The artist Richard Shirley Smith was born in Hampstead in 1935 and was educated at Harrow School, before studying at the Slade School of Fine Art and in Rome. In the following conversation, which took place at the artist’s home and studio in Marlborough, we talk about the role that classical antiquity has played in his work, particularly his many book illustrations and paintings. Interview by Jessica Hughes. All images copyright of the artist.
JH. Thank you very much for inviting me to your studio to look at your work and talk about your relationship with Greek and Roman antiquity. How did you first come into contact with the Classics? Did you have a classical education in the traditional sense?
RSS. Only by doing Latin in order to get into public school and a little beyond. I’ve always been fascinated by the whole Greece and Rome thing, but I’m not a good linguist and so I didn’t go down that road. I just admired them from afar and looked at the artefacts. I did read the classical plays in translation - illustrating books is a lovely opportunity to get down to reading all of the Metamorphoses and Eclogues !
JH. It was while you were at school that you met the poet and painter David Jones, is that correct?
RSS. Yes, although he was far senior to me - at the time I was fifteen and he was fifty-five - but luckily even then I knew what was important. There were hundreds of other boys at Harrow, but only one or two of them bothered to talk to him. But that’s just the way it is, isn’t it? He fought all the way through the first war and wrote poems like In Parenthesis and Anathemata. He was the latest of all of the war poets to get going on a great poem about the war.
JH. He used a lot of classical imagery in his work too. Do you think that had an influence on you?
RSS. I’m sure it did, yes, because he was passionate about it - imagery, and lettering and the Ara Pacis - and a lot of his poems are about the classical world.
JH. Was it your meeting with him that made you want to go on and study art?
RSS. Certainly that added to it very much. But I recently found a press cutting that was done when I was a little chap of ten, when I’d won some poster competition or something. I couldn’t believe it when I read it, because it said that even then I had wanted to be an artist, and “not just an artist that copied things, but an artist who used the imagination”! I also said that my sisters were no good at art, and I got a good going-over at home for that!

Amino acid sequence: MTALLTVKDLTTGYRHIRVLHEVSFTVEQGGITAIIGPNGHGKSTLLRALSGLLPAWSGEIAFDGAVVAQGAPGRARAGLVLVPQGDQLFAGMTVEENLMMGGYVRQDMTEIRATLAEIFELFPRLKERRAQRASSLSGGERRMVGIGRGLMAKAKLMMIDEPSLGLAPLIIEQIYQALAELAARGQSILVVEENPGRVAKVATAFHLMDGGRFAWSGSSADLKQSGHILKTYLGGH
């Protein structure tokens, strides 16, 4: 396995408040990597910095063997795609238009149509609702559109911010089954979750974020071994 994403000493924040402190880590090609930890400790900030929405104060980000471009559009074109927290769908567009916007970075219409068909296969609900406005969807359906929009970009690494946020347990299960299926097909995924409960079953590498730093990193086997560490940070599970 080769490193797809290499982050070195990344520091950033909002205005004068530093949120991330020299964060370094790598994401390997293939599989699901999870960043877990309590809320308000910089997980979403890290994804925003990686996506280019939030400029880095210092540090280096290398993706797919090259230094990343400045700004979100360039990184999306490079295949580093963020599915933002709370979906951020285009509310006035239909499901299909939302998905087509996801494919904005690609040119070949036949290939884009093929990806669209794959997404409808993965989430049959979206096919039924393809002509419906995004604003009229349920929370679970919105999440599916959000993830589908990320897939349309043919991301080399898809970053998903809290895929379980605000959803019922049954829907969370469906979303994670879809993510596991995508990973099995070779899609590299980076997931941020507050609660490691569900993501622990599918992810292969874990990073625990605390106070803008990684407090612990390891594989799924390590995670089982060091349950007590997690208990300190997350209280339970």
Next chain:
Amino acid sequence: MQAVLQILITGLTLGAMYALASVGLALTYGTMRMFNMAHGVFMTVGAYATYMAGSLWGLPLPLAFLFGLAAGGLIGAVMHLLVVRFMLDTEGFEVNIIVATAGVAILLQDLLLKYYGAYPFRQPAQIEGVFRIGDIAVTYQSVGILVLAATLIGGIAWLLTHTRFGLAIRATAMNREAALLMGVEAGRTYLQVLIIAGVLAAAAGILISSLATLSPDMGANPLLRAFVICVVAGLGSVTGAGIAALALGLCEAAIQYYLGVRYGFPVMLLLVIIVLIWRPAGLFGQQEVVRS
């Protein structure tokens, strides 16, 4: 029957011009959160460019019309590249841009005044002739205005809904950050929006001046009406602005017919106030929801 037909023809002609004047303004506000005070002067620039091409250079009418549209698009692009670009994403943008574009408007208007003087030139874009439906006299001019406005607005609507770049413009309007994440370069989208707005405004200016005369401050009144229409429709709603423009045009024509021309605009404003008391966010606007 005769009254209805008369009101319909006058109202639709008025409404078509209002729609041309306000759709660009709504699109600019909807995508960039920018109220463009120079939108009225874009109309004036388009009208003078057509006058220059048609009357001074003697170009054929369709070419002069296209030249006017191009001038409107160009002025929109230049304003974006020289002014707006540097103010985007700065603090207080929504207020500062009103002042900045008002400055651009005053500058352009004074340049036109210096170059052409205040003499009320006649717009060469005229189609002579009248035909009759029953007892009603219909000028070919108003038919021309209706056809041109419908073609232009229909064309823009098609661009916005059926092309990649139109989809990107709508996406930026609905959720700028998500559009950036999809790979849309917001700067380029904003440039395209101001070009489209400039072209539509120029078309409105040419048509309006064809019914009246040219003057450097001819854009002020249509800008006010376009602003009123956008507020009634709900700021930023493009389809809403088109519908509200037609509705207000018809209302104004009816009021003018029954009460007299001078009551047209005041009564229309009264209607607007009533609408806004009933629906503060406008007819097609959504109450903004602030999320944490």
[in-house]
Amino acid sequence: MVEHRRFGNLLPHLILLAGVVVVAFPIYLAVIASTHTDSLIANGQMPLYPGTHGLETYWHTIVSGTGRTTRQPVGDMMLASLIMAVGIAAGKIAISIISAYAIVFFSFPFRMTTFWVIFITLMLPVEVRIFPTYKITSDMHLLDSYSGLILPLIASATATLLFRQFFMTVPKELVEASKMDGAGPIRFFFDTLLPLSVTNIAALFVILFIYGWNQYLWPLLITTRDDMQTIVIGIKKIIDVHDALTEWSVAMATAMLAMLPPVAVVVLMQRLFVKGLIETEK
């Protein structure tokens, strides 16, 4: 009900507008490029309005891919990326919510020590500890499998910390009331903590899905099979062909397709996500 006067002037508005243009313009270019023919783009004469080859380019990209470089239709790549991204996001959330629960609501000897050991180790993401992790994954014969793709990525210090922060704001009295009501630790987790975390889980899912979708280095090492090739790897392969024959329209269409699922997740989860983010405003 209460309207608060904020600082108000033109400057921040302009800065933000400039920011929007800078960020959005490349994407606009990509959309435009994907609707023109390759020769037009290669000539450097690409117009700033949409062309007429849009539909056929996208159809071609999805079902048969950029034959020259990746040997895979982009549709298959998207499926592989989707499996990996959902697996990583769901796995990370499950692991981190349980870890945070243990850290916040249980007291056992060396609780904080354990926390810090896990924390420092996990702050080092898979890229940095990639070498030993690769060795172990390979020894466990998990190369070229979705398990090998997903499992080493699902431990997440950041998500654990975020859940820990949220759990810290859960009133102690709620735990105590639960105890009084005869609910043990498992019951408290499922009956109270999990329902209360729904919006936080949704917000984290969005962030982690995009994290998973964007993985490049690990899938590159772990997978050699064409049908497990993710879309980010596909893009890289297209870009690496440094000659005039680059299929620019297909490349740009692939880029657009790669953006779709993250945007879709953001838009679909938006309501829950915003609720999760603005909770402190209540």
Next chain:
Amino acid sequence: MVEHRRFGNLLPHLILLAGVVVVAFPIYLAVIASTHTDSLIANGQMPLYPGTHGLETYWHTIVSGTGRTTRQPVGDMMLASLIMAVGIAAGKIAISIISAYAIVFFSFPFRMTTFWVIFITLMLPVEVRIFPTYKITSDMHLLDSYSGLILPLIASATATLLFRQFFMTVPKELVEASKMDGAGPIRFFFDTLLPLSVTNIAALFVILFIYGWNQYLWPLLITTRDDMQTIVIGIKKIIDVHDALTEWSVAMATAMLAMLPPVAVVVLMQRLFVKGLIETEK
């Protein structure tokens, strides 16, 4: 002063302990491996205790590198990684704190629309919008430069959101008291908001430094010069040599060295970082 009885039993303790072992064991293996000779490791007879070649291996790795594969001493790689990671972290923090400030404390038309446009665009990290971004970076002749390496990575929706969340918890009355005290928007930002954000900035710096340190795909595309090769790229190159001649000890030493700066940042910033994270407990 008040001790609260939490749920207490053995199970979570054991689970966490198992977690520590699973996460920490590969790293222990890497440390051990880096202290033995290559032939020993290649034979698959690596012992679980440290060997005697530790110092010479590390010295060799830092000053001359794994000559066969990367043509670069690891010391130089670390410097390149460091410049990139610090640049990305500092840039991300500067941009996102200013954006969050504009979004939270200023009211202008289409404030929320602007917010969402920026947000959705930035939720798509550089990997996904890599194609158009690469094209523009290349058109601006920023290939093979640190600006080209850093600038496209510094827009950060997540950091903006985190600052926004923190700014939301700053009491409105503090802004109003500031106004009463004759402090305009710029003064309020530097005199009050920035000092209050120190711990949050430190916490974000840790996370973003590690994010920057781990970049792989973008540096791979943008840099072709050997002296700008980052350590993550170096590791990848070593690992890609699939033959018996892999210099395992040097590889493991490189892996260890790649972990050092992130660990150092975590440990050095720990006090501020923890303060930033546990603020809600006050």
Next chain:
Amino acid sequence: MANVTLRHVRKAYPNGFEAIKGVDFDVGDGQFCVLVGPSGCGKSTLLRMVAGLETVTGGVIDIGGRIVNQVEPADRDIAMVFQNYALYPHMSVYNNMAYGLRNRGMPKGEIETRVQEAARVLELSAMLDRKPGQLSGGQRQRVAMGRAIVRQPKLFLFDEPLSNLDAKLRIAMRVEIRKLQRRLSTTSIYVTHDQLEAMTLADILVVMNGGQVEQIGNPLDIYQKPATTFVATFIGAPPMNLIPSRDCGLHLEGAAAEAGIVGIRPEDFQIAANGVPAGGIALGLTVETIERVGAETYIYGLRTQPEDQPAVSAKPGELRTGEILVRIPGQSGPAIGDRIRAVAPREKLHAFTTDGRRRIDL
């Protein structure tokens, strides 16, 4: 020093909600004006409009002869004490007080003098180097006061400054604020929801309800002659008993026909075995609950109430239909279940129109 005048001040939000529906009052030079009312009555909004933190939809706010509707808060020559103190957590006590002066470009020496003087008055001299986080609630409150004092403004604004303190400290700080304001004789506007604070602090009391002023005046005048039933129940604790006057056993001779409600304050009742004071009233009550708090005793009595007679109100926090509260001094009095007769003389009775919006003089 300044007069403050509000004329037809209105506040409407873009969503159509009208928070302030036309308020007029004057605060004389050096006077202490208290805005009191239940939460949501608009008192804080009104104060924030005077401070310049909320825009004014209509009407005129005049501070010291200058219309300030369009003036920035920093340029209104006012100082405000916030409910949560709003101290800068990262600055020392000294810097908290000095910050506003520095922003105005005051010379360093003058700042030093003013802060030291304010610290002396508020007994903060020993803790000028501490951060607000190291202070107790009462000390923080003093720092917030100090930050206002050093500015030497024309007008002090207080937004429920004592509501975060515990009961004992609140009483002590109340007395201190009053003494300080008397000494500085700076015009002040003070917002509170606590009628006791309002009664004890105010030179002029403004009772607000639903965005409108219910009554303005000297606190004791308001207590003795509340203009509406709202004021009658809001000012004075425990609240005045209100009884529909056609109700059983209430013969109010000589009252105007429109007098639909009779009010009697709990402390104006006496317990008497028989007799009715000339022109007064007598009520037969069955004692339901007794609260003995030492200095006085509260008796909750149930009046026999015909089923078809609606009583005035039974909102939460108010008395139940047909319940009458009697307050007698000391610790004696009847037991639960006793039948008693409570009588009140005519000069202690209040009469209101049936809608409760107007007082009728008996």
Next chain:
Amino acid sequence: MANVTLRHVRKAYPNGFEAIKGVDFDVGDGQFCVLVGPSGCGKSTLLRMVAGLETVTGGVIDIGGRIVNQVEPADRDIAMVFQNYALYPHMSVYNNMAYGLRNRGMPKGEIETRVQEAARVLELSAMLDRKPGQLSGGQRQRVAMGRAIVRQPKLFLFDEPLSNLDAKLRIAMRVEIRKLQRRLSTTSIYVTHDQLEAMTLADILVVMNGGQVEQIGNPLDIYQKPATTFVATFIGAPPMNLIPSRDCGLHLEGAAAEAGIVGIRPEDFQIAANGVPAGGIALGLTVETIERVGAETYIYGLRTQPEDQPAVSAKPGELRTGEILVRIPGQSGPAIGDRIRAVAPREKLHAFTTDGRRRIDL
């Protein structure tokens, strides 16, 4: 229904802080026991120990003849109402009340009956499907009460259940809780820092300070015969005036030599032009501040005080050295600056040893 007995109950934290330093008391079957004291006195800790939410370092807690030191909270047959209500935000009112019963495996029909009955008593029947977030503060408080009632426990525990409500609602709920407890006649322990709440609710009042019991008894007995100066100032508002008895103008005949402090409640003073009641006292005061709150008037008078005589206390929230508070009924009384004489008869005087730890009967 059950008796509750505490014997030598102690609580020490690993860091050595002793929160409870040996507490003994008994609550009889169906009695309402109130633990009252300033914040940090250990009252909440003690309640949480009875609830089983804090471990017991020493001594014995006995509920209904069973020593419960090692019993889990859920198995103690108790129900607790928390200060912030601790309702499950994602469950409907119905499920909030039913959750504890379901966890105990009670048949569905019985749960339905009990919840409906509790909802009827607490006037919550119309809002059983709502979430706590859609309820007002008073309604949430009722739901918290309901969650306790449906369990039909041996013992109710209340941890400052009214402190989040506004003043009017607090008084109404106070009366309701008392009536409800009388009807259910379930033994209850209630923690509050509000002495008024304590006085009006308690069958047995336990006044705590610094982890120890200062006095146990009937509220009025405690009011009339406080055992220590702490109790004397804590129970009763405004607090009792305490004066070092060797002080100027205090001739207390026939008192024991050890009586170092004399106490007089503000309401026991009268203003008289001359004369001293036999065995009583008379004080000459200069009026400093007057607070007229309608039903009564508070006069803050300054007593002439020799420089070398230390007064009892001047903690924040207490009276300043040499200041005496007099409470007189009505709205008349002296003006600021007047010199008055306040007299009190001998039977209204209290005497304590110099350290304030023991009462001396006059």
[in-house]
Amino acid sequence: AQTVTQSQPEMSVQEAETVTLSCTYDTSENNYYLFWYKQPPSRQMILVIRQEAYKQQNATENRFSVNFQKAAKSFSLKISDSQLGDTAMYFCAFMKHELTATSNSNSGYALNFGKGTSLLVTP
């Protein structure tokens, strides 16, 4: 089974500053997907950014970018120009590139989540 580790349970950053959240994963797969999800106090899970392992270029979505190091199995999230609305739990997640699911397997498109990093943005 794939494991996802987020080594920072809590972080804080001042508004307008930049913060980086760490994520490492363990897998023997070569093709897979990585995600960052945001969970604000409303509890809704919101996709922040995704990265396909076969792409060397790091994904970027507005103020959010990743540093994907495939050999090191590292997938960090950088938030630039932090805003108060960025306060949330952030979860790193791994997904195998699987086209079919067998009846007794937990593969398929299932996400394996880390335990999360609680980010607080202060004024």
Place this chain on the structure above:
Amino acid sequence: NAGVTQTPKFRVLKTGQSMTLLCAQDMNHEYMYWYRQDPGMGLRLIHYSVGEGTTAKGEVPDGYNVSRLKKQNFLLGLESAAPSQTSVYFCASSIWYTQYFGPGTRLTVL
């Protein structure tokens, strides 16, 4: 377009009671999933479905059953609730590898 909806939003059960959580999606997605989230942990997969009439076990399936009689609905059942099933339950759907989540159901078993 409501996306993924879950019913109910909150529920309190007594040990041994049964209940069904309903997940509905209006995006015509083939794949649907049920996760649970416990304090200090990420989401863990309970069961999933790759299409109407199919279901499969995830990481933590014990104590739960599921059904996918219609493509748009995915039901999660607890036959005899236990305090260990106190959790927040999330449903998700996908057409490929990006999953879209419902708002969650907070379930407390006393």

JH. So when you went on to do formal art training, did antiquity play much of a role? Did you paint classical fragments, for instance?
RSS. Not so much until I got to Rome. At Harrow I had a very enlightened and saintly art master, Maurice Percival, who was alive to everything to do with the past, so that was a very good thing. I said a silly thing to him once: I said that “the word educare means to lead out, so when you tell us to do these things, it’s more like intrusion than education”. He said to me very sweetly, “well if you put nothing in you get nothing out!” And that’s absolutely right. More recently, Iain Bain said of my work that I have “absorbed a tradition and reinterpreted it”, which is the sort of thing that one hopes to do. Because if you haven’t absorbed anything, or if you put nothing in, nothing is going to come out that is of any use. So at school we did still lifes, and illustrated figures from plays. Although like Blake, Maurice Percival didn’t copy material things so much as ideas. He used to set up spheres, cubes and cones, and we looked at light coming onto them, and worked out how they threw their shadows from one onto another. Strangely, that doesn’t come naturally - it has to be trained. That was very different from the Slade, where we looked at things and then responded to how they appeared. We worked at the end of the antiques room, which was filled with plaster casts, and we used to do paintings of them, as well as lots of life drawings. But that was all packed up and thrown away after we left - it’s not there any more.